SCELC: open to academic libraries in the Statewide California Electronic Library Consortium (SCELC)
SECAC: open to members of the SECAC (Southeastern) library organization
Taiwan: open to academic libraries in Taiwan
University of Wisconsin: open to campus libraries in the University of Wisconsin system
VALE: open to members of the Virtual Academic Library Environment of New Jersey (VALE)
Yes! Your library is welcome to join all pods for which it meets the membership requirements and service expectations. There is no additional charge for multiple pod participation.
Participating in multiple pods is a free and easy way to expand your RapidILL resource sharing network.
Each library chooses which, if any, document suppliers to include in its Rapid supply line. This decision is encompassing and is not tailored to individual articles. Document suppliers are held to the same service expectation as other Rapid libraries.
The Center for Research Libraries, Linda Hall Library and Reprints Desk.
Yes! Rapid works with all of the major Interlibrary Loan management software packages including Clio, ILLiad, RelaisILL and Tipasa. No ILL management software? No problem, Rapid will work for you, too.
Rapid is ISO and XML compatible and performs automatic load leveling.
The majority of RapidILL's cost savings are attributed to savings in staff time. For example, Rapid automates many borrowing tasks such as selecting lenders and verifying holdings and locations. In addition, Rapid now offers unmediated borrowing. After copyright clearance is completed, unmediated borrowing eliminates all staff intervention in sending requests. Your patrons' requests are sent into Rapid even as the ILL staff sleeps!
Lending staff benefit by receiving requests only for material your library owns, and your library's local call number and library location are embedded in each request. In addition, the RapidILL request number and borrowing library's Odyssey IP address are barcoded for fast and accurate updating.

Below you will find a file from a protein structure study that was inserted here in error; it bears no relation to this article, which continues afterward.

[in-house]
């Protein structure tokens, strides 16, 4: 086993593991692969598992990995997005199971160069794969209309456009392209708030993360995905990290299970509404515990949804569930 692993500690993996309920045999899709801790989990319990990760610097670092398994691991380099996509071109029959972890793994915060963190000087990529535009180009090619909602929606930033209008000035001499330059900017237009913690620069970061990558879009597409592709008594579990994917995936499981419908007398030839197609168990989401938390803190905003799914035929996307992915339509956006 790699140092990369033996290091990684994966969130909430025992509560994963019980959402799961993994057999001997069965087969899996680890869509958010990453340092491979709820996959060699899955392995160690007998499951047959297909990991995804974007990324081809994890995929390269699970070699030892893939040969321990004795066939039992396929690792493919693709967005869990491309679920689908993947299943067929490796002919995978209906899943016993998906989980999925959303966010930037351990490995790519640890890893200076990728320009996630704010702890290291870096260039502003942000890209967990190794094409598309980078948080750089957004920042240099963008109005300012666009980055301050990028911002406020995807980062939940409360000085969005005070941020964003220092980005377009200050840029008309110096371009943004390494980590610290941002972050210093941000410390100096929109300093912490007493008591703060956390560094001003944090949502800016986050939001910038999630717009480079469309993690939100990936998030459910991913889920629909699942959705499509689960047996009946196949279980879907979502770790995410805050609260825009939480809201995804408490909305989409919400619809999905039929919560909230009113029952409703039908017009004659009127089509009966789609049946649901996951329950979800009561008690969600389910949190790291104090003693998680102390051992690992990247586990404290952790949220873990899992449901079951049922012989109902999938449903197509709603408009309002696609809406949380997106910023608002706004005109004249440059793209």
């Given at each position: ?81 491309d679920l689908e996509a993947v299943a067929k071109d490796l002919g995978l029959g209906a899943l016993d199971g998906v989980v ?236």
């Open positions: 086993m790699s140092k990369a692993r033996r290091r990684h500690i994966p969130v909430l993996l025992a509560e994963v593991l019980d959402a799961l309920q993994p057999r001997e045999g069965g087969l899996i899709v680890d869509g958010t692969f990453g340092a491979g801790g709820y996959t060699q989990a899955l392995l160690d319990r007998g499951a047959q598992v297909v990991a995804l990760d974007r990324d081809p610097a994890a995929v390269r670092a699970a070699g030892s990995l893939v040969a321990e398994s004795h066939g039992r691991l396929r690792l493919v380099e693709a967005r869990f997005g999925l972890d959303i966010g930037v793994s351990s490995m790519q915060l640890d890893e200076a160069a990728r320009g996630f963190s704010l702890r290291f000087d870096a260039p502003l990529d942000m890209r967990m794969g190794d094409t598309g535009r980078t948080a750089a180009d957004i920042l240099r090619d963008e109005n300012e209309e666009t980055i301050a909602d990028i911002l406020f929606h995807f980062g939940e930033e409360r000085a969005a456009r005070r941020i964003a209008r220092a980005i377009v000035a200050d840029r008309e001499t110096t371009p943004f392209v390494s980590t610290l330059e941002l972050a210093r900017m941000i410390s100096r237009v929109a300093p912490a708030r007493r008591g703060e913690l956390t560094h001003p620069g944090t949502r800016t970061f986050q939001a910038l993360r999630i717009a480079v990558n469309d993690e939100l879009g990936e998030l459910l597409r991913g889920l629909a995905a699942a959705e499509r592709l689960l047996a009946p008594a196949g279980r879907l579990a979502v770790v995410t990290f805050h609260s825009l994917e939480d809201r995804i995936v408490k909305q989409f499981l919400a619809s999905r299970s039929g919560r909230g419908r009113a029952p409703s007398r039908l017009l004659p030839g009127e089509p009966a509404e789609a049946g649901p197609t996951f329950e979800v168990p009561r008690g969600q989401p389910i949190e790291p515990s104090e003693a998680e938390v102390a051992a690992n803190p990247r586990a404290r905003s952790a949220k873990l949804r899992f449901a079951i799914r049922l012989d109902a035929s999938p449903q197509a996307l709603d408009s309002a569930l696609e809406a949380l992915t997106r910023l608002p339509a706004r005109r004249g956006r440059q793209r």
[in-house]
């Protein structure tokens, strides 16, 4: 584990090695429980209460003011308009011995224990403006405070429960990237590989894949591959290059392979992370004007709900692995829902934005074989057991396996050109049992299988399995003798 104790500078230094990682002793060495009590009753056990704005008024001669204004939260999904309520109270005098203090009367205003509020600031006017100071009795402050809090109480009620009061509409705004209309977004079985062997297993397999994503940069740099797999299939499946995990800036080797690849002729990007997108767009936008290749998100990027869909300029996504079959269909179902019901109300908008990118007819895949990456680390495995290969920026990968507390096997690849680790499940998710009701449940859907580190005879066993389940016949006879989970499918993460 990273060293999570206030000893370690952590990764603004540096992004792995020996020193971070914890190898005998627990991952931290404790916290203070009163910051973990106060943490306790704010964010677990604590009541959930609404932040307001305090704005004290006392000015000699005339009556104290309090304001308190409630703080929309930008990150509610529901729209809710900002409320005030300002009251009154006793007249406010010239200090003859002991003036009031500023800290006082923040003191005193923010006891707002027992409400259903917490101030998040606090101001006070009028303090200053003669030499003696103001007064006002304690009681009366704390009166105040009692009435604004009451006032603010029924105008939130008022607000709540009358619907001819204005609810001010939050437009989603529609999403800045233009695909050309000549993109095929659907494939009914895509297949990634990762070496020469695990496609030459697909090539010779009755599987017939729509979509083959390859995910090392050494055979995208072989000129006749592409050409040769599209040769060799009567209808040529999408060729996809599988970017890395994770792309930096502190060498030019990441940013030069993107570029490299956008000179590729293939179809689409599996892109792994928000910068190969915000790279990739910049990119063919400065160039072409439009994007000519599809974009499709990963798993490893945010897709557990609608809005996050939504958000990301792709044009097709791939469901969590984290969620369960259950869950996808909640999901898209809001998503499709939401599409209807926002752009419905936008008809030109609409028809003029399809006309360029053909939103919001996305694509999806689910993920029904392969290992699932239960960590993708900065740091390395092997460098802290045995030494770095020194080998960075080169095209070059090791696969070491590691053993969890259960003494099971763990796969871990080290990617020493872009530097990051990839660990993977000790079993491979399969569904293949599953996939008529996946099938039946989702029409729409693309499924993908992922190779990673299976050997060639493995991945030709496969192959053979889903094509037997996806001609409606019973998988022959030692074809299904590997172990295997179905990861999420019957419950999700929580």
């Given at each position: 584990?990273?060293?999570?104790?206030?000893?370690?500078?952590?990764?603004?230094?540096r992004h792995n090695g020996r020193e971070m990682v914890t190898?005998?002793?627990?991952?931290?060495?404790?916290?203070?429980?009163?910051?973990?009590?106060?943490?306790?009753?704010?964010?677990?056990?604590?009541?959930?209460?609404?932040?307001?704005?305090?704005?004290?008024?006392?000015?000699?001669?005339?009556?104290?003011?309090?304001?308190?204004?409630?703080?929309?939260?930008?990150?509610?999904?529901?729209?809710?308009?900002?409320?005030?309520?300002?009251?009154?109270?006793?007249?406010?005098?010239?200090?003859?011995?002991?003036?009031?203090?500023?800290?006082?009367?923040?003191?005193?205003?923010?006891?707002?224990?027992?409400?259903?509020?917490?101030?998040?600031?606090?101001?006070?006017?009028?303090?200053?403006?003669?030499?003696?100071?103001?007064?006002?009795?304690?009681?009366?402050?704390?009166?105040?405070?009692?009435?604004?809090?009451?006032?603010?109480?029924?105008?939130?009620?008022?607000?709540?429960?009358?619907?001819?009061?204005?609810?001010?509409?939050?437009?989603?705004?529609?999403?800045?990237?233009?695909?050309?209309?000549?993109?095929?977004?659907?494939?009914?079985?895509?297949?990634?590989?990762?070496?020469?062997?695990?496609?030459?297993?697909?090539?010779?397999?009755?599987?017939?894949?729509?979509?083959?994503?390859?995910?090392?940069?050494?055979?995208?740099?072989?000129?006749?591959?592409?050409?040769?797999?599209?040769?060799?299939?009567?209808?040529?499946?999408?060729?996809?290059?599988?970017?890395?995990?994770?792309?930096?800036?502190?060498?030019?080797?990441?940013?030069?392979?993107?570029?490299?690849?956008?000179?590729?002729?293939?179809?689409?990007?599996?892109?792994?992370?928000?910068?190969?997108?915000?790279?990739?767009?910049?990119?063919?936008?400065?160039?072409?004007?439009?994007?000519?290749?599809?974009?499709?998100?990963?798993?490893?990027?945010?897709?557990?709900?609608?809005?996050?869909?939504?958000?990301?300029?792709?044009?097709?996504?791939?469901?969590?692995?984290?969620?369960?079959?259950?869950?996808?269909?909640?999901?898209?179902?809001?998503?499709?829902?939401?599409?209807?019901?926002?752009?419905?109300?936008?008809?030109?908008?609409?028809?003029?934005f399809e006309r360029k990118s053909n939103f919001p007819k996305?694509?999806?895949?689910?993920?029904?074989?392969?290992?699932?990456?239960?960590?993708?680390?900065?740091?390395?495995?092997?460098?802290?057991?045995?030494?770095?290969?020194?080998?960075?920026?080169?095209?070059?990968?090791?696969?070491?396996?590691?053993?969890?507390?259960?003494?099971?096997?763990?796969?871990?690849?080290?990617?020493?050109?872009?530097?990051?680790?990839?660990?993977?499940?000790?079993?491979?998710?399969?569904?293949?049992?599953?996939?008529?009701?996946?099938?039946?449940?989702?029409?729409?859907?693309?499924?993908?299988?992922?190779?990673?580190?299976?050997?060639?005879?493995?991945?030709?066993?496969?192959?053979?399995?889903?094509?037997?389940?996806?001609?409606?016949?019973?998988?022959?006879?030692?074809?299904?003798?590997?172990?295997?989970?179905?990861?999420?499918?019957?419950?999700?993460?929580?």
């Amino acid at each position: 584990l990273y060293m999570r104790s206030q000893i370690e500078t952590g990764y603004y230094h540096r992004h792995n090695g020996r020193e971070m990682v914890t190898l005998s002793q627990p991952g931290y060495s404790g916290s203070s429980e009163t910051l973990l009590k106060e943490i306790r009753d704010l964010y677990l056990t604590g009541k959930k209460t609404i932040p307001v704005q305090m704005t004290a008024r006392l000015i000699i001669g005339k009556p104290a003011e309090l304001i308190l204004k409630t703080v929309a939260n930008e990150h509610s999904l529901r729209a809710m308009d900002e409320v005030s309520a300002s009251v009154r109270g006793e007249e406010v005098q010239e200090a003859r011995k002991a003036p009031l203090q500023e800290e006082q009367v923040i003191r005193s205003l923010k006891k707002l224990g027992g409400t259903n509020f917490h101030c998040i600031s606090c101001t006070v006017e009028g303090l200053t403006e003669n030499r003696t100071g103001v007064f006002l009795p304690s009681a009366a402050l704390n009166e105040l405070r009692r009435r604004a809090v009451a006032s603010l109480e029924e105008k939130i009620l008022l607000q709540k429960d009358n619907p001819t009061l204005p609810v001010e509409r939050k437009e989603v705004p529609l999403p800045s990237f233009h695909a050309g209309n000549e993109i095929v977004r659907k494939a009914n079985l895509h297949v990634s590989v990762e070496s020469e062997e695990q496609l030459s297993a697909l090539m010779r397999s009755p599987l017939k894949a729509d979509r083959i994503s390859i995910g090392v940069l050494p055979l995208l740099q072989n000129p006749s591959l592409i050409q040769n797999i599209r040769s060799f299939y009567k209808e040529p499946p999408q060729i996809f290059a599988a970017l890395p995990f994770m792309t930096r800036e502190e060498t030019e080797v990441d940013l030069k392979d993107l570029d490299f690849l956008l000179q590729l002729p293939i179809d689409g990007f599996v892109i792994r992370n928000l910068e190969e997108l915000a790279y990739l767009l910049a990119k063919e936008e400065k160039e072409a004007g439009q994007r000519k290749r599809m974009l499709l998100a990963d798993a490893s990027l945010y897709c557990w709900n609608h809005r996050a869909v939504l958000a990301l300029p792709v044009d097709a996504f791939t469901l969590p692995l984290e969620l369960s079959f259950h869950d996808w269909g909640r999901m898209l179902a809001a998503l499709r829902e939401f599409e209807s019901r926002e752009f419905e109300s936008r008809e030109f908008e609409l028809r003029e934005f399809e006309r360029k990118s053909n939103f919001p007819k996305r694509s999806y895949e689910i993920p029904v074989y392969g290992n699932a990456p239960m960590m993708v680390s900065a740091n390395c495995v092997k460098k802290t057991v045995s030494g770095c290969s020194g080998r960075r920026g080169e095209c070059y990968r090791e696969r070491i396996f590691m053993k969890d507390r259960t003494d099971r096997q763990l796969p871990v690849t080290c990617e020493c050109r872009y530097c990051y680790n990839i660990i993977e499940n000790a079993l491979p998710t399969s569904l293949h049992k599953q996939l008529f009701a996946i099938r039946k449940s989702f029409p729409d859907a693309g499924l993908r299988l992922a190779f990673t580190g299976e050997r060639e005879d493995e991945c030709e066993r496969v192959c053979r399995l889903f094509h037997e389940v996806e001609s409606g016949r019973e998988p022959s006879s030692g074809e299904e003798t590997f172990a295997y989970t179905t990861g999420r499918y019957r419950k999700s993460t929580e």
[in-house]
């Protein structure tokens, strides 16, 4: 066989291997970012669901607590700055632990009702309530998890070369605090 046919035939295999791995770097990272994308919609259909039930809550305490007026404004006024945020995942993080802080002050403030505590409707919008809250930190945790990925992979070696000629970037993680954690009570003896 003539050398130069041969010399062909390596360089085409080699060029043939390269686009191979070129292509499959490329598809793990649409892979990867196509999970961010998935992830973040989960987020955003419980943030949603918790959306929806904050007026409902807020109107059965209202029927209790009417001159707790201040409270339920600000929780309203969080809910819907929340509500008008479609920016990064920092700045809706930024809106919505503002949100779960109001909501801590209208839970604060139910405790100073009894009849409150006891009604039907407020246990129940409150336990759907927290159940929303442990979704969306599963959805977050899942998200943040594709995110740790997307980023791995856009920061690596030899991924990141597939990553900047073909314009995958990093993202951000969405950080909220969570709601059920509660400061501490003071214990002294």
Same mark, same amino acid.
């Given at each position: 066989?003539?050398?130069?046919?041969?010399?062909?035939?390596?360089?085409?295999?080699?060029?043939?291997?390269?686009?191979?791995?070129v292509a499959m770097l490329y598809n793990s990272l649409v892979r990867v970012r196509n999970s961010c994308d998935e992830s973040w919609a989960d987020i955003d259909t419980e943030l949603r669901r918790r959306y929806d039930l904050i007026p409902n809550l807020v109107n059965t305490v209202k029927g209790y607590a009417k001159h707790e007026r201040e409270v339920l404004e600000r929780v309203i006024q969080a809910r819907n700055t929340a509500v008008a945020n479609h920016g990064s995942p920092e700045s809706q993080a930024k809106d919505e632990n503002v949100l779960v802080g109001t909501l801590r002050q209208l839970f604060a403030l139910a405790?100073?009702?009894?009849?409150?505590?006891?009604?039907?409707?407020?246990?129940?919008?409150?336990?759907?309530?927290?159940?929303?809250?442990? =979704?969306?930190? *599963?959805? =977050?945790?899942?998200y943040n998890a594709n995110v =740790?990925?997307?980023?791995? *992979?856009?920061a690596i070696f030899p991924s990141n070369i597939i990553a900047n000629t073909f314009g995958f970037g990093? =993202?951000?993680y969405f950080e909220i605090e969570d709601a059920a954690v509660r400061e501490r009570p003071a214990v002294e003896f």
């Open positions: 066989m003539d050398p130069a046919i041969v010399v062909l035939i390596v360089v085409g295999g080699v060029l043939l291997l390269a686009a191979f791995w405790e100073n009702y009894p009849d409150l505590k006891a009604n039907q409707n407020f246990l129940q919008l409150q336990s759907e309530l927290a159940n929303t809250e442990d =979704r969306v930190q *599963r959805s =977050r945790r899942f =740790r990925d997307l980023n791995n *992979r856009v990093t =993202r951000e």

RapidILL is the only system offering Easy-Lending! Easy-Lending frees staff to handle more complex task while Rapid automatically runs borrowing requests against a uniquely designed database of over 50 million open access articles. When a match is made the article is automatically sent to your library. There is no request to print, no pulling material from the shelf, no scanning, updating or reshelving. There is no staff intervention. The turnaround time for Easy Lending requests is 3-5 minutes!
Other savings are realized because there are: no searching or transactions charges within the Rapid system, and because of Rapid's reciprocal lending policy, there are no invoicing costs.
The Rapid database is unique in several ways.
The RapidILL system automatically searches the database for you. Once you've submitted your borrowing request, all of the searching and sending is done for you automatically by the RapidILL system.
There are several required fields to be supplied to the programming team. For example, journal title, ISSN and/or OCLC number, years held, etc. These fields are easily gleaned from your catalog and Rapid staff is available to answer questions.
It is very important that your library supplies all of your journal holdings, including electronic journals, for inclusion in the Rapid database.